History professor Tore Olsson will use Red Dead Redemption 1 and Red Dead Redemption 2 for a course to be held at the University of Tennesse this fall. Olsson, passionate about gaming as well as history, presented the course “HIUS 383: Red Dead Americaon Twitter. The teacher said that the two Rockstar Games titles are "often historically inaccurate" but provide many insights into colonialism, racism and the rise of capitalism.

rdr rdr2 artworks university history course

The course will cover the period from 1899 to 1911, and topics such as the myth of the border, the expansion of monopoly capitalism and the use of railways for the growth of corporate power.

There will also be space for the memory of the civil war, universal suffrage, the roots of the American melting pot with the fusion of foreign populations such as Mexicans, Chinese, Italians and Germans, but also the privatization of the police forces through the Pinkerton case.

Unfortunately, the places for Olsson's lessons will be very limited (just 35) but the professor reserves the right to work to increase them in case he collects a lot of subscriptions.

As stated by the professor, there will be other topics present in the course, let's see them all in detail:

  • The astounding inequalities in wealth that became obvious during the Gilded Age
  • Settler colonialism and the dispossession of Native peoples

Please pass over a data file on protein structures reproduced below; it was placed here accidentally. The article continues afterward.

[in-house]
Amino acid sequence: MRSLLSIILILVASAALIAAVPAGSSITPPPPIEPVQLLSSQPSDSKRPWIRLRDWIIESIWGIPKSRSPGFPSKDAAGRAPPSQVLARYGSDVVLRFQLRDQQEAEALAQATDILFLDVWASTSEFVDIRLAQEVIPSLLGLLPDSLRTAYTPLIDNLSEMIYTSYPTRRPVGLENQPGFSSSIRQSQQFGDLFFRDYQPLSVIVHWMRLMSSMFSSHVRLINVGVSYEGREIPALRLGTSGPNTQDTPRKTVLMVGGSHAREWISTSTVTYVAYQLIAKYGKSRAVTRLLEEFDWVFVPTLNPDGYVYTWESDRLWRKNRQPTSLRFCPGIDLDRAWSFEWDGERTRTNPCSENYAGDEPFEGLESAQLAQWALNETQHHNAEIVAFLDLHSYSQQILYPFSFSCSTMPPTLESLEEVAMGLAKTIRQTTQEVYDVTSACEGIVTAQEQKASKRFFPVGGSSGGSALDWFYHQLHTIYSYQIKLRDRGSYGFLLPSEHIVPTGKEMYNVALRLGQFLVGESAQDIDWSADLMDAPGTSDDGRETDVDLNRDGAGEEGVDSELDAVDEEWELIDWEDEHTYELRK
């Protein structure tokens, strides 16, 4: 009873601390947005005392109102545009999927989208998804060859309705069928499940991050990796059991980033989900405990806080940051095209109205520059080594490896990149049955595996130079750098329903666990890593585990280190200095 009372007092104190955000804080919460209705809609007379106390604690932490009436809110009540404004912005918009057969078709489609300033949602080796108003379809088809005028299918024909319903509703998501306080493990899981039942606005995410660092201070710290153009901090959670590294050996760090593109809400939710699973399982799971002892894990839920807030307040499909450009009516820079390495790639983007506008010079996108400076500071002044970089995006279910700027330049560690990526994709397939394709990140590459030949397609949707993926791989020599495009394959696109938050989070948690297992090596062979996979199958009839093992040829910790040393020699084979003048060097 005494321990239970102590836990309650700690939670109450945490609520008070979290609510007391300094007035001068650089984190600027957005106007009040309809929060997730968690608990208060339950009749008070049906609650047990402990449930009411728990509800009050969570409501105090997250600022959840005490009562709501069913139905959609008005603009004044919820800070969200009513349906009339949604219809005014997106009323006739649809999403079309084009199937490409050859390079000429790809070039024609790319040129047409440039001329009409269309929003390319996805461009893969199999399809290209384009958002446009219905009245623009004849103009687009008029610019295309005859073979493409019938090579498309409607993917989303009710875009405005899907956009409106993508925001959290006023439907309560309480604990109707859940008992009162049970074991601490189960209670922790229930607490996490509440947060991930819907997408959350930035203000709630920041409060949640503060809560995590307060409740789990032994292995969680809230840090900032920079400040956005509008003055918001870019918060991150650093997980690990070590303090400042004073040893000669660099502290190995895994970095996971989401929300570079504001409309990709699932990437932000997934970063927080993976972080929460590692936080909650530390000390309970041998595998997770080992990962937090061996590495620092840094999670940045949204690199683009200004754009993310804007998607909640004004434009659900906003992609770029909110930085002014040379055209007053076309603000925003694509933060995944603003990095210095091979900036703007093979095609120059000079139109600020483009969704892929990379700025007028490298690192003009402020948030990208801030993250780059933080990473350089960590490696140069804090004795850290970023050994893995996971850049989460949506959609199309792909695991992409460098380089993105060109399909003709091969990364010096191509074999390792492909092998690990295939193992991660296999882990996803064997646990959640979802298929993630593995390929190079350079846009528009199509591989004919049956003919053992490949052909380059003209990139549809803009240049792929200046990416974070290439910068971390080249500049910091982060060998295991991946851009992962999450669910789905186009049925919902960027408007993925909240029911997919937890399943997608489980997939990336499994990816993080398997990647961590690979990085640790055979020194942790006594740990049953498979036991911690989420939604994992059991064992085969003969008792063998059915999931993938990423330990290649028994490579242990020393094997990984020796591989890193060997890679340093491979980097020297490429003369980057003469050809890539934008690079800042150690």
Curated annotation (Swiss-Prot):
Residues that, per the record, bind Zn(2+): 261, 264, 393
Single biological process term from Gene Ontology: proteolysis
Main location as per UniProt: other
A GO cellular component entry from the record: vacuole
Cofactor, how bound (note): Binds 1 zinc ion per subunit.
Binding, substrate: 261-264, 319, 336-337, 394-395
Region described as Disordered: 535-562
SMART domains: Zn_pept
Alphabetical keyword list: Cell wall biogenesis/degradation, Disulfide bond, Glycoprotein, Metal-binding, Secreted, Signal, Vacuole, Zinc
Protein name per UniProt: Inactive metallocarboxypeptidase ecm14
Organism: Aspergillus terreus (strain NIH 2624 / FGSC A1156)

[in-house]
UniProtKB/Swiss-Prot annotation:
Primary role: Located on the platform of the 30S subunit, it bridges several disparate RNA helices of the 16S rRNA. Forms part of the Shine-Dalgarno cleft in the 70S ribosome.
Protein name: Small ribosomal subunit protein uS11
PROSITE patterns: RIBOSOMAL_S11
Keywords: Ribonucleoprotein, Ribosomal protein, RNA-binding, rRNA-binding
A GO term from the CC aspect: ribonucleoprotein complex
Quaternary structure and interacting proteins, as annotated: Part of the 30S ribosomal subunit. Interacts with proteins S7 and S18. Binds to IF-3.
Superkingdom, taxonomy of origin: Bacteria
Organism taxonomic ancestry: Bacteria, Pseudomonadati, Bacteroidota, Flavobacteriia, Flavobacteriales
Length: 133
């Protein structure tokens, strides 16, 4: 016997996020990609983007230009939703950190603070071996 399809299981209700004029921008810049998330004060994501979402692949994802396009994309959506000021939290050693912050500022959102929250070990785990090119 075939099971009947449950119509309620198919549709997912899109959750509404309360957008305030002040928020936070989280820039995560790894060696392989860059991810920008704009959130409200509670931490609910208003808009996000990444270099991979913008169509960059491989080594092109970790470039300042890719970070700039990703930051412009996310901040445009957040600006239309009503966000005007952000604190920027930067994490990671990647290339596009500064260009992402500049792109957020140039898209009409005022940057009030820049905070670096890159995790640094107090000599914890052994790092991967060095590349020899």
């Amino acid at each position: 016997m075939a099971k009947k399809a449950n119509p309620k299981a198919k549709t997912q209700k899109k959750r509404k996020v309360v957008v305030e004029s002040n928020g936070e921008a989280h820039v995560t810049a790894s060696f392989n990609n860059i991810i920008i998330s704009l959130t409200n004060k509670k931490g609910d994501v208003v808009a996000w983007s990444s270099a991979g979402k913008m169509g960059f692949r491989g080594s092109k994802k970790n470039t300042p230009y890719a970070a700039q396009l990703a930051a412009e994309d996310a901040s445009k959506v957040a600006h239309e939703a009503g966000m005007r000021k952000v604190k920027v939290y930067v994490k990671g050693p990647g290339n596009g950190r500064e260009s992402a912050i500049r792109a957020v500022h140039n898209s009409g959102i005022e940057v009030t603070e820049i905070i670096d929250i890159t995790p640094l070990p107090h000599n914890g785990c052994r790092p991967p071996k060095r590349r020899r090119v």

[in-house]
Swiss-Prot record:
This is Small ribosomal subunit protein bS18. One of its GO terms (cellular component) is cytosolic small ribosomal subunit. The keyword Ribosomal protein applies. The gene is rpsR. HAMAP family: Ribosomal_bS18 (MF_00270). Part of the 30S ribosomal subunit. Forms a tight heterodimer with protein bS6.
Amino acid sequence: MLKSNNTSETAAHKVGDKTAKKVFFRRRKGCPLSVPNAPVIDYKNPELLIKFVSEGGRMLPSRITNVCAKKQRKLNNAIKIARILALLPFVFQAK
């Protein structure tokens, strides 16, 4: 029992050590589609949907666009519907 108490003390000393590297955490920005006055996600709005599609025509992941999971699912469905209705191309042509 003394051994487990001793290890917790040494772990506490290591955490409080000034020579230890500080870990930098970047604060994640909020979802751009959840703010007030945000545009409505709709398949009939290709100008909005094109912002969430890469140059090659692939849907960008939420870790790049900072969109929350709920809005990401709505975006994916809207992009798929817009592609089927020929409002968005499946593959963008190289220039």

• The making of Jim Crow racial violence in the South
  • The Mexican Revolution and its transnational impacts
  • The memory of the Civil War and the making of the Lost Cause myth
  • Women’s suffrage and its opponents
  • The American empire and the expansions of 1898
  • The cosmopolitanism of the American population, including Chinese, Mexican, Italian, and German immigrants, among others
  • Stereotypes of Appalachian degeneracy and poverty alongside the reality of corporate extraction and dispossession
  • The privatization of law enforcement via the Pinkerton detective agency

These are really the things we like to see; when video games have an impact on real modern culture. On the other hand, it is not new that video games have long been considered a real cultural media. What do you think about it?

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